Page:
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Mobile CRM makes its move

Once again, analysts and experts are saying that mobile CRM is ready to take off, but this time the idea may have some legs.

Will 2006 be the year that mobile CRM finally takes off? So far, all signs point to an impending launch.

CRM vendors are readying for the countdown by purchasing or partnering with mobile technology firms. And analysts are generally optimistic of clear weather ahead. For example, Gartner expects continued strong annual growth in mobile CRM -- predicting sales of around 40% to 60% for the next two to three years.

At the same time, analysts are quick to note that not all CRM applications are ripe for mobilization. Rather, customers want mobile access to specific subsets of CRM data and functions.

For example, sales force automation (SFA) is one area that has long been a natural focus for mobile CRM, notes Gartner vice president William Clark. Enterprise asset management and field service automation are others.

"Field service management is getting a greater push, because it's simply more lucrative," he explains. "I've seen annualized ROIs of 100% to 500%."

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Medical equipment maker Hologic, based in Bedford, Mass., has discovered first-hand the payback of field service automation. A year ago, the company's traveling service engineers swapped paper-based reporting for laptops equipped with a mobile version of the company's Oracle field service application. The result has been faster call resolution and shorter billing cycles, as well as less manual data entry and better management of parts inventory.

"In the past, the engineers would write up the [service call] information and send it to headquarters for data entry. The reports would pile up, and it might take days, weeks or even months to close out the calls," says Dave Rudzinsky, Hologic's CIO. That resulted in delayed billing and slower restocking of the parts in repair trucks.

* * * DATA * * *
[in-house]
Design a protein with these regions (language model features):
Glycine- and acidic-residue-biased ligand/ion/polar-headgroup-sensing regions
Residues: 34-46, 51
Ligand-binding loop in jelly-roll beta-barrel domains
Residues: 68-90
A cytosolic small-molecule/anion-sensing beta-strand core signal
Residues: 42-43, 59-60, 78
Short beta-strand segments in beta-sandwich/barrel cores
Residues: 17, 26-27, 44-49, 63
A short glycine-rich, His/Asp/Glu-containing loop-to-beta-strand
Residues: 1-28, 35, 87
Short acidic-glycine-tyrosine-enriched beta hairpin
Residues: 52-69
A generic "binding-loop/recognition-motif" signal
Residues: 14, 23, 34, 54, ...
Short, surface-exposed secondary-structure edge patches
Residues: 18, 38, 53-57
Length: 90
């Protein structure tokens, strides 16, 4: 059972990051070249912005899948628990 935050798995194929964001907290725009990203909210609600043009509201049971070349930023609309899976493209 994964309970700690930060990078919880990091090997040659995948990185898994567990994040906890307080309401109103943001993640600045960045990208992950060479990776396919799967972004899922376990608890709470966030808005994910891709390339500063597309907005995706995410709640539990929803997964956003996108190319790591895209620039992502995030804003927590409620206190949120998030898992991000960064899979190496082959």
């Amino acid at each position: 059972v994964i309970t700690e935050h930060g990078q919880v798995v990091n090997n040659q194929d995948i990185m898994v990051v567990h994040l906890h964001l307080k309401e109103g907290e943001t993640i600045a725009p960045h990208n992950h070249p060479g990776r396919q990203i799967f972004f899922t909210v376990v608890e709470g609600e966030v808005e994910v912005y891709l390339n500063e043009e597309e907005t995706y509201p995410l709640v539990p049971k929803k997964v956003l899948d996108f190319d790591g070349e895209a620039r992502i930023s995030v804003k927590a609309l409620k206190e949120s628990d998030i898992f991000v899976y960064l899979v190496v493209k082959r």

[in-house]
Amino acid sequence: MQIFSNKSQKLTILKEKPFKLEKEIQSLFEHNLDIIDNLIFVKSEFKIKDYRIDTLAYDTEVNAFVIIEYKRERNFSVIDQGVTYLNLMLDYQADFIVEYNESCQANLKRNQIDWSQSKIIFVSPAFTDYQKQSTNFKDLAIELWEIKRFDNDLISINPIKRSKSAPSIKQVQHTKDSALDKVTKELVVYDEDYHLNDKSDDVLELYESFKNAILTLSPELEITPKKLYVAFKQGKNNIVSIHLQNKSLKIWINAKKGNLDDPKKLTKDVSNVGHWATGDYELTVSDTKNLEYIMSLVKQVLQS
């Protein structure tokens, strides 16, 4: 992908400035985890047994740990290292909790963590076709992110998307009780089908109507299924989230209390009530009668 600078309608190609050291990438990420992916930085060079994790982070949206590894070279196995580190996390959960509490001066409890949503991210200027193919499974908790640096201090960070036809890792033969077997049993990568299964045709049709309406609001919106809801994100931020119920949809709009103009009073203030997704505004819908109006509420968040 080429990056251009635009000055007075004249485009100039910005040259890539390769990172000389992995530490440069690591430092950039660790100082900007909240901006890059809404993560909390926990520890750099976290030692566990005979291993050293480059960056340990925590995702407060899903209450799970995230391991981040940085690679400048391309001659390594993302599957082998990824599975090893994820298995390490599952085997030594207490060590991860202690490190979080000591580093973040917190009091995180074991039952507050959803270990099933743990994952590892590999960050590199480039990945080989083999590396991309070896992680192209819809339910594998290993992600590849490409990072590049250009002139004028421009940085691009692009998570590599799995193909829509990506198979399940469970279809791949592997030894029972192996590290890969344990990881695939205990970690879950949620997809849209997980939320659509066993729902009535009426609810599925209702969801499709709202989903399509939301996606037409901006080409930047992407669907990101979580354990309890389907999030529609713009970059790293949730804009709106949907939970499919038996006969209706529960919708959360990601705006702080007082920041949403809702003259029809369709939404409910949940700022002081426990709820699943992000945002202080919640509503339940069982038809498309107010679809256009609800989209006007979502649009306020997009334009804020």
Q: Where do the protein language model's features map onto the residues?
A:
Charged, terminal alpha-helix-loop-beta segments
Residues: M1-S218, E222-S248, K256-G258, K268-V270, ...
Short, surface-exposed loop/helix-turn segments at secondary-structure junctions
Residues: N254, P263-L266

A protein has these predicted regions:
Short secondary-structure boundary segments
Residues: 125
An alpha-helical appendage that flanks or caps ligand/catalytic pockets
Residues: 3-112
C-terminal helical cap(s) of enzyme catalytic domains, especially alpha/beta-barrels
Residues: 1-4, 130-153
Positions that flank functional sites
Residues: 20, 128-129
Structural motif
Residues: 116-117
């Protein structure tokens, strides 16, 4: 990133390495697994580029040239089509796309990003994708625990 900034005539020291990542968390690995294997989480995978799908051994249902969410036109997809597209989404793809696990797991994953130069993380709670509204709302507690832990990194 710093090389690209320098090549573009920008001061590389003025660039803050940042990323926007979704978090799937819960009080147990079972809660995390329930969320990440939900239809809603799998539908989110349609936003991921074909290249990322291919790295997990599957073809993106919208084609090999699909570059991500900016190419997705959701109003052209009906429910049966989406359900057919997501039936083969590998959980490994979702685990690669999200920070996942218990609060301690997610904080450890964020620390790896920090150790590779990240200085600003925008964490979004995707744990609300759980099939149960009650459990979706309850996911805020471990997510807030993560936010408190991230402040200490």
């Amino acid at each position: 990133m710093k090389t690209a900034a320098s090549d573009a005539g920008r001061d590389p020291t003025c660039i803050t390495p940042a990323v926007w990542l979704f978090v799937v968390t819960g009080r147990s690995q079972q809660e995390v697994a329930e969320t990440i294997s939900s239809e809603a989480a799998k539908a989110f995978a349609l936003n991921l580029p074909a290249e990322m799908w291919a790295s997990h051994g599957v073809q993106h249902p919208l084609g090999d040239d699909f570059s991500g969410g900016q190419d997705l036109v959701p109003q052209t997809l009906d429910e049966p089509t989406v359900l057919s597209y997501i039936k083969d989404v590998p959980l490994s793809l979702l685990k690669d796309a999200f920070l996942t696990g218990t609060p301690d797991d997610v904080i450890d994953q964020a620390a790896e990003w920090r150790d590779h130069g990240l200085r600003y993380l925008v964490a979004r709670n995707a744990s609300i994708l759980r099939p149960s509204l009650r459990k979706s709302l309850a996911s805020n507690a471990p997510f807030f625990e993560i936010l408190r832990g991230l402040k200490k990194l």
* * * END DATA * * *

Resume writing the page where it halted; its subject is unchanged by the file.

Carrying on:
Hologic's experience is indicative of the way mobile CRM is being adopted -- for specific business processes where the payback is clear.

Of course, mobile CRM isn't cheap. Gartner estimates that wireless field service, for example, costs about $4,500 per user for the first year, including hardware, network costs and software.

A combination of low market demand and complex technical issues has slowed entry of the big CRM software vendors into the mobile CRM market. Meanwhile, many mobile technology firms have taken the opportunity to carve out their niches. Some of the current key players in wireless CRM are MDSI, @Road, Sybase, IBM, Syclo, Vettro, Antenna Software, Dexterra,, SAP, Oracle and Siebel, according to Clark.

Getting over CRM's mobile hurdles

"More of the innovation is occurring with the mobile software players rather than with the large CRM players," observes Eugene Signorini, vice president of wireless/mobile enterprise solutions for the Boston-based Yankee Group. "Some of these larger ISVs [independent software vendors] don't have the capability in terms of an application design for various form factors and devices."

And there are other technical problems to overcome, including making the CRM application accessible over non-broadband, wireless networks and addressing security issues such as providing VPN clients, virus protection and methods for securing the device if it's lost.

"Vendors are solving these problems, though. We're seeing a lot of activity out there," says Signorini.

Another issue is that the application needs of mobile CRM users are usually very different from the needs of internal employees. Mobile workers require only a stripped-down subset of the data and functions of the main sales force, field service or other CRM application.

So that subset tends to be highly focused and extremely valuable to them. Take for example, Symetra Financial, a Bellevue, Wash.-based financial services firm. Symetra's 30 external wholesalers -- sales and support representatives who call on Symetra's 20,000 to 30,000 independent insurance agents across the U.S. -- rely on their Blackberries to look up addresses and notes on agents they're visiting. The devices provide real-time access to Symetra's Onyx database.

"It's the core functionality that's important -- looking up names and addresses, integrating that with Mapquest to get a map and directions, then calling them on the Blackberry. They can do all of this now without even pulling over," says Dave Batterberry, senior IT analyst for Symetra.

The wholesalers also use the Blackberries to update customer accounts and to input notes about their visits. Having a real-time link to the corporate database ensures that everyone, both internal and external, has the most current data.

"They can enter this stuff right from the agent's office," says Batterberry.

Whether 2006 proves to be "the year of mobile CRM" is still a topic of debate. But clearly it marks the beginning of a steady upward adoption curve. Both Signorini and Clark see it as a market with plenty of healthy growth ahead.

"Even in industries where mobile is hot, like field service, the penetration rate is well under 15%. So over the next five to 10 years, there's really no end in sight to the growth," says Clark.

Sue Hildreth is a freelance writer specializing in enterprise software. She can be reached at

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